Juan Guaidó: This is Not About Trump, Maduro or Me—This is About the People of Venezuela | Opinion

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Venezuelan opposition leader and self-proclaimed interim president Juan Guaido (C) arrives for a rally at San Bernardino neighborhood in Caracas on April 1, 2019. Federico Parra / AFP

Last night, my immunity was removed by Venezuela’s illegitimate Constituent Assembly. But this isn’t about what happens to me. This is about all of us Venezuelans who are fighting hard to restore our democracy. And this is not about a conflict between the President of the United States and a revolutionary leader, as propaganda from Nicolás Maduro’s friends would have you believe. This is a conflict between the people, who want freedom, and a tyrant.

Maduro’s dictatorship has been a tragedy for Venezuela. Since 2014 the country's GDP has contracted by 50 percent. For several years we’ve had the highest inflation in the world and last year we fell into hyperinflation. Several million Venezuelans have left the country. Poverty has increased to 90 percent and more than 65 percent habitually go hungry—the highest level since records began. Tens of thousands of children and elderly people have died from malnutrition or preventable diseases.

Over the last several years, Venezuela has also become one of the most violent places in the world. In the last 15 years more than 250,000 Venezuelans have died due to violence. These figures are similar to Mexico’s in the same period, but Mexico has more than 120 million inhabitants, while we Venzuelans are 31 million. In other words, we have the highest homicide rate per 100,000 inhabitants in America. We are being warned of a bloodbath, but the bloodbath has already been going on for years in our country.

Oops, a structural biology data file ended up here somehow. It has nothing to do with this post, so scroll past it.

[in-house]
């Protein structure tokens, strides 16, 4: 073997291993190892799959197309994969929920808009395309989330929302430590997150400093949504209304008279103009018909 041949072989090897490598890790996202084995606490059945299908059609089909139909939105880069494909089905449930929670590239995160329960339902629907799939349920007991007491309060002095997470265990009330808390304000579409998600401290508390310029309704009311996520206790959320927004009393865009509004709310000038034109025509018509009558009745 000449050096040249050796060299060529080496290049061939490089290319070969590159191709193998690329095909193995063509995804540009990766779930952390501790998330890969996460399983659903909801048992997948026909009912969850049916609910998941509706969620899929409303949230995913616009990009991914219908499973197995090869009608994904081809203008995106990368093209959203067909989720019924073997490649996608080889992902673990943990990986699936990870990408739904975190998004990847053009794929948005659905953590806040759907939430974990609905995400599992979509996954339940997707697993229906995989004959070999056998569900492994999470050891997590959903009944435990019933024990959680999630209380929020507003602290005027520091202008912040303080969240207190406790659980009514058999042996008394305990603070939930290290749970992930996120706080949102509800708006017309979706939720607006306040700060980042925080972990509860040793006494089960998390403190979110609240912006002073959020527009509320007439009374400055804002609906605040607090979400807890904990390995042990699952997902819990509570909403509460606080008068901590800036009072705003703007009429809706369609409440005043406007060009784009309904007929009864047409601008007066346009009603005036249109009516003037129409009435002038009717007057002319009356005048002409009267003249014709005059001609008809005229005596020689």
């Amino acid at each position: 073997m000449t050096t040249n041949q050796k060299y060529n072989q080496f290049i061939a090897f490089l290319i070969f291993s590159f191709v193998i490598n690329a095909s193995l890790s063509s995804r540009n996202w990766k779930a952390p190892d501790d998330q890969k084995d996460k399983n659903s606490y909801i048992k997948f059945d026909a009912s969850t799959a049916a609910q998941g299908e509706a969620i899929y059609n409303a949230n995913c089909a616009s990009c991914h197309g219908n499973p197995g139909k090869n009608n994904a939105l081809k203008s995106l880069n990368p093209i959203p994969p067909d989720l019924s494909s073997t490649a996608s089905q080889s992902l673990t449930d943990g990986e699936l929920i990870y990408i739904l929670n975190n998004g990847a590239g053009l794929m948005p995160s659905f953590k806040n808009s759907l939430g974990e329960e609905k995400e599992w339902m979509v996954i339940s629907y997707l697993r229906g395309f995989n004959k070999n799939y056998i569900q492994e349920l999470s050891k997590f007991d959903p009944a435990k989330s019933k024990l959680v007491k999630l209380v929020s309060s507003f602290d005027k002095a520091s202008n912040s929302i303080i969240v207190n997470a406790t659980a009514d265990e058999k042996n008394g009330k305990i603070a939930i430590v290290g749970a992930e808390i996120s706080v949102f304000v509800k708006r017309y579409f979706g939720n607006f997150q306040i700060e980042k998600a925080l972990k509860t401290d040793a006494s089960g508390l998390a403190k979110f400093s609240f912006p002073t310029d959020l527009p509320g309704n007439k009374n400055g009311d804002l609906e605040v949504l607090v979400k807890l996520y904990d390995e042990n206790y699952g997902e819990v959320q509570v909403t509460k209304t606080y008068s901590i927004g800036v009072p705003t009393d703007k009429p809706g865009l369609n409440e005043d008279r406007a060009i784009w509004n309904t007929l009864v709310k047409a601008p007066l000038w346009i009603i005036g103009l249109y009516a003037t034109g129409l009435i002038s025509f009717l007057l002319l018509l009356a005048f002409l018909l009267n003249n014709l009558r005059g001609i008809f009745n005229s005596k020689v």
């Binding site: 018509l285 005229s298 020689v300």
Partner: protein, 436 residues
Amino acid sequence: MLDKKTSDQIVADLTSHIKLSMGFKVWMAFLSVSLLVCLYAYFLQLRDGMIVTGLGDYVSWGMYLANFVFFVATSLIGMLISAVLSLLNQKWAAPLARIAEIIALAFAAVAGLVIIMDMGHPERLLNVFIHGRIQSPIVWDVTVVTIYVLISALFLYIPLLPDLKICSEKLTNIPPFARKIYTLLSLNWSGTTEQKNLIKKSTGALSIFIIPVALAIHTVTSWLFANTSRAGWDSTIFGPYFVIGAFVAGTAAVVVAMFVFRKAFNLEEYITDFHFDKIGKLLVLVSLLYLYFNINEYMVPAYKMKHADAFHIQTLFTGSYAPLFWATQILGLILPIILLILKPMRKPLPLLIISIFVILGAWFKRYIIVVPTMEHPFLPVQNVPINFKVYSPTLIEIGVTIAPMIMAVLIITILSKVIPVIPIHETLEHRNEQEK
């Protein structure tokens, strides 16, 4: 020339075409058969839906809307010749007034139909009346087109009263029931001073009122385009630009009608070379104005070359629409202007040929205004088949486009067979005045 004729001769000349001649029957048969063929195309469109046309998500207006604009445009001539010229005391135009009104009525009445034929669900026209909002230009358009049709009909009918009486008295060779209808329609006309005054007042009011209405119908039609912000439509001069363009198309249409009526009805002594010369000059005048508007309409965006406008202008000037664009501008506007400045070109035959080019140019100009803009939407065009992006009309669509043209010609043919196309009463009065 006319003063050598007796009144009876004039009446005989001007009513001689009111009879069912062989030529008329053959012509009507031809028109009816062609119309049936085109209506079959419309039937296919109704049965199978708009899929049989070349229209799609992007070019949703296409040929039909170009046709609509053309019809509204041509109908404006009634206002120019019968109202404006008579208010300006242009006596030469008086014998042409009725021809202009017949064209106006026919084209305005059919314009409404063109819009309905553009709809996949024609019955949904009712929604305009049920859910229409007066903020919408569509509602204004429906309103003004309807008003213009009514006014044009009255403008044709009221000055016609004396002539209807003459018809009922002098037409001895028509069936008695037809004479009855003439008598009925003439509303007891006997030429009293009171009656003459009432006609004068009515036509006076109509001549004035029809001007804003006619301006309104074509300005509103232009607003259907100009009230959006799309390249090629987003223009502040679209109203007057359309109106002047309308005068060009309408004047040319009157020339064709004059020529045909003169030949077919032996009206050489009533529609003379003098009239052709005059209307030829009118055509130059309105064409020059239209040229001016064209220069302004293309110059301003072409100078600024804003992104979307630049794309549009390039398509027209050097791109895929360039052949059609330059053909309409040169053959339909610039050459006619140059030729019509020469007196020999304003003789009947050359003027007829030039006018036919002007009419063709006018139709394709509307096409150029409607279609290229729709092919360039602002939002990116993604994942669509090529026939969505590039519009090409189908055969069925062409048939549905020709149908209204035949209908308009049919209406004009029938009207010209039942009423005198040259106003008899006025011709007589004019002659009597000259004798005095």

And to this tragic ledger of lives lost to social collapse and criminality we must add the victims of deliberate political repression perpetrated by organizations like the Special Actions Force (FAES) that have committed numerous Human Rights violations—including almost 9,000 extrajudicial executions, three times more than the number of disappeared during the military dictatorship of Pinochet.

This terrifying picture is completed by the presence of hundreds of Cuban nationals in the Venezuelan Armed Forces, as well as members of Colombia’s ELN and the FARC in vast areas of our country.

At the heart of this is the clinging to power by Nicolás Maduro who has been blatantly usurping the presidency since January 10 of this year. But even before that, he ignored the will of the voters expressed in the 2015 parliamentary elections, and in 2017 he staged a coup, violating the current Constitution by promoting a crony, fascist and illegal Constituent Assembly stacked by his acolytes.

Meanwhile, the four main democratic political parties in Venezuela are banned. The same goes for its main leaders. Since last January 23, more than 800 Venezuelans have been arrested, including 84 minors, and more than 40 murders have been committed by the repressive bodies loyal to the dictatorship.